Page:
National Geographic : 1965 Aug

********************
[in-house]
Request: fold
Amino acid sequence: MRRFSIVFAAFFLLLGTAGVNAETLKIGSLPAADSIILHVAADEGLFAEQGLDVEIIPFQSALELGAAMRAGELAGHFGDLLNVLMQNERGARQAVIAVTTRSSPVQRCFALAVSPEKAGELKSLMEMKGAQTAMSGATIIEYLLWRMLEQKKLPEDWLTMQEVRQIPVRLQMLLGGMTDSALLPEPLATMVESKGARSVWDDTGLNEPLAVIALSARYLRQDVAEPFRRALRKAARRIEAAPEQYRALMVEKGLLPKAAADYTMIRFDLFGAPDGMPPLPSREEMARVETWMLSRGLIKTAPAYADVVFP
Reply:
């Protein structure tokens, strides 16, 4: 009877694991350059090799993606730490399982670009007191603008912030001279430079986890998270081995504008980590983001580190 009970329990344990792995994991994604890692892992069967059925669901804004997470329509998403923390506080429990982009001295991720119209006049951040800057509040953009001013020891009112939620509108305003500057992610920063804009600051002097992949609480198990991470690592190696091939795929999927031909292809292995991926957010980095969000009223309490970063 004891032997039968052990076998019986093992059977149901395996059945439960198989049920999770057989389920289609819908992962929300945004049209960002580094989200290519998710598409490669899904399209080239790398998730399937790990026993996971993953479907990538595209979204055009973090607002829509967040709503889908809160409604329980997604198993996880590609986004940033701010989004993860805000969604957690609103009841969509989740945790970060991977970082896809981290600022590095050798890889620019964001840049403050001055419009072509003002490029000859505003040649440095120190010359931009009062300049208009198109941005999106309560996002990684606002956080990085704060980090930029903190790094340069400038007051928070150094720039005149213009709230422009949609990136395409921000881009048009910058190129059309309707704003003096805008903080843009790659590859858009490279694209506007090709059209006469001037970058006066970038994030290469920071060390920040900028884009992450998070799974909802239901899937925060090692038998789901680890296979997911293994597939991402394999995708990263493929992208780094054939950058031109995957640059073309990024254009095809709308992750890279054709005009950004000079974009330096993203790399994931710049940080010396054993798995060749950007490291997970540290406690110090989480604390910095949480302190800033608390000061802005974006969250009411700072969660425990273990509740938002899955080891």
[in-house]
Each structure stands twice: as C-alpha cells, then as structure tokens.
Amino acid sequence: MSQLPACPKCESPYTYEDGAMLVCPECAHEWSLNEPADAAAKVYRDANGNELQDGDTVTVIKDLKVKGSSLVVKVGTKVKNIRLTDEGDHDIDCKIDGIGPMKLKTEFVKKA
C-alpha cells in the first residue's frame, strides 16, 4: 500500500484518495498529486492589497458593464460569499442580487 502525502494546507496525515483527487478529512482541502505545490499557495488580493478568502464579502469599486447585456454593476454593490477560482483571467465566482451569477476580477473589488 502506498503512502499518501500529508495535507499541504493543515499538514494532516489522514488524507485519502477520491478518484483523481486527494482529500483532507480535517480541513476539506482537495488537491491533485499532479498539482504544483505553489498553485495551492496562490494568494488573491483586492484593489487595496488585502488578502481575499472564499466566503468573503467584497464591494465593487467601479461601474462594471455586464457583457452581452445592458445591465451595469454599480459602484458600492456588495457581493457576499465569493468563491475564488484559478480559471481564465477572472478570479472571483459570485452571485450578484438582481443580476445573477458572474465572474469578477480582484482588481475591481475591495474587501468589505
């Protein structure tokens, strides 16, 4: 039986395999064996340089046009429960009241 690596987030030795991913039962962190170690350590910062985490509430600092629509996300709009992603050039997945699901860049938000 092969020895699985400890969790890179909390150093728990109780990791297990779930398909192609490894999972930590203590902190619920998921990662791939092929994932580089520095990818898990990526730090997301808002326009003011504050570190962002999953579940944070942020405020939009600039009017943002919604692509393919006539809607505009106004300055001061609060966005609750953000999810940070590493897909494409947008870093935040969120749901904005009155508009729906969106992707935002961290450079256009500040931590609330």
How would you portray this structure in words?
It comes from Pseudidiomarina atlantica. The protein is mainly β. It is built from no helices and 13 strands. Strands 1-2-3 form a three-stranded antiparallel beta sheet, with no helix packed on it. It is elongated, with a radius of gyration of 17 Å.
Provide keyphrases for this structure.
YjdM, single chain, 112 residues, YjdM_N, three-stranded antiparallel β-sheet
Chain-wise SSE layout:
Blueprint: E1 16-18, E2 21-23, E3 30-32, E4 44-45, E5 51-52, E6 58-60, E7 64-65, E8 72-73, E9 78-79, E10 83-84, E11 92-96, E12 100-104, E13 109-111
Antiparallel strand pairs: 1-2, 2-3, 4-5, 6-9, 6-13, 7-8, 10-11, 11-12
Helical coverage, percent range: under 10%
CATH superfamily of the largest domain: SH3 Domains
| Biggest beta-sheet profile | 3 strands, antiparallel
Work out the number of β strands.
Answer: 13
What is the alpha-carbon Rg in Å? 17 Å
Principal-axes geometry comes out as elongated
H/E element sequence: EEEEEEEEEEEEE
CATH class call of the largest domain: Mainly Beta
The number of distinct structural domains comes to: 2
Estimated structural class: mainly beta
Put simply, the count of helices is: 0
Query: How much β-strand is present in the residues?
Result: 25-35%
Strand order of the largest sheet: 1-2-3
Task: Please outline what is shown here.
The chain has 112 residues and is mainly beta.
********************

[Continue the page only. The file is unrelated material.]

(( HIS INTERLUDE of school Makes a sombre grey patch up on the chart of my journey... an unending spell of worries that did not then seem petty..." wrote Churchill (at top of picture with Harrow schoolmates and a master in 1892). His teachers thought him at once precocious and backward, reading books beyond his years, yet stubbornly refusing to absorb subjects that did not interest him. A broad-minded headmaster at Harrow overlooked a blank Latin examination and admitted the in corrigible 131/2-year-old. Placed in the lowest form, where "we were considered such dunces that we could learn only English," Sir Winston mastered the lan guage. But he himself remembered, "Except in Fencing...I had achieved no distinction .... It is not pleasant to feel oneself so com pletely outclassed and left behind at the very beginning of the race." The race continues: A present-day Harrow scholar in straw boater runs to class (opposite). On his third attempt Churchill qualified for a cavalry cadetship at Sandhurst. Military science ap pealed to him, and he graduated eighth in a class of 150. Thereafter, "I searched the world for some scene of adventure or excitement." PRINT AT HARROWSCHOOL; EKTACHROME(OPPOSITE) BY BATESLITTLEHALES( N.G.S . while campaigning for his seat. An event of the first social magnitude, their wedding at tracted some 800 guests. King Edward VII sent a gift. And the bridegroom, in his own words, "lived happily ever afterwards." By that time Winston Churchill had gained a world-wide reputation as author, lecturer, soldier, journalist, and politician. He had been born into one of England's foremost families, rather unexpectedly to be sure, dur ing a ball on November 30, 1874, at Blenheim Palace. His American mother, the former Jennie Jerome, had hurried from the dance floor to a nearby cloakroom to give birth to a tiny premature boy. Young Winston Leonard Spencer Church ill grew up amid the trappings of wealth and empire. His father and mother moved among great captains and great statesmen. The boy paid frequent visits to Blenheim Palace, home of his grandfather, seventh Duke of Marl borough. Queen Anne had presented the 164 estate to Churchill's ancestor, the first Duke of Marlborough, in gratitude for victories over the French armies of Louis XIV in the War of the Spanish Succession. There the lit tle boy played with tin soldiers among repli cas of banners that flew at the battles of Ra millies in Belgium and Malplaquet in France. Despite his golden background, Winston's future did not appear promising. His dancing teacher called him "the naughtiest small boy in the world." At St. James's School, and later at Harrow, he was a scholastic failure. Mathematics mystified him; classics bored him. Of his four and a half years at Harrow, he wrote, "By being so long in the lowest form I gained an immense advantage over the clev erer boys. They all went on to learn Latin and Greek and splendid things like that. But I was taught English.... I learned it thor oughly. Thus I got into my bones the essential structure of the ordinary British sentence which is a noble thing."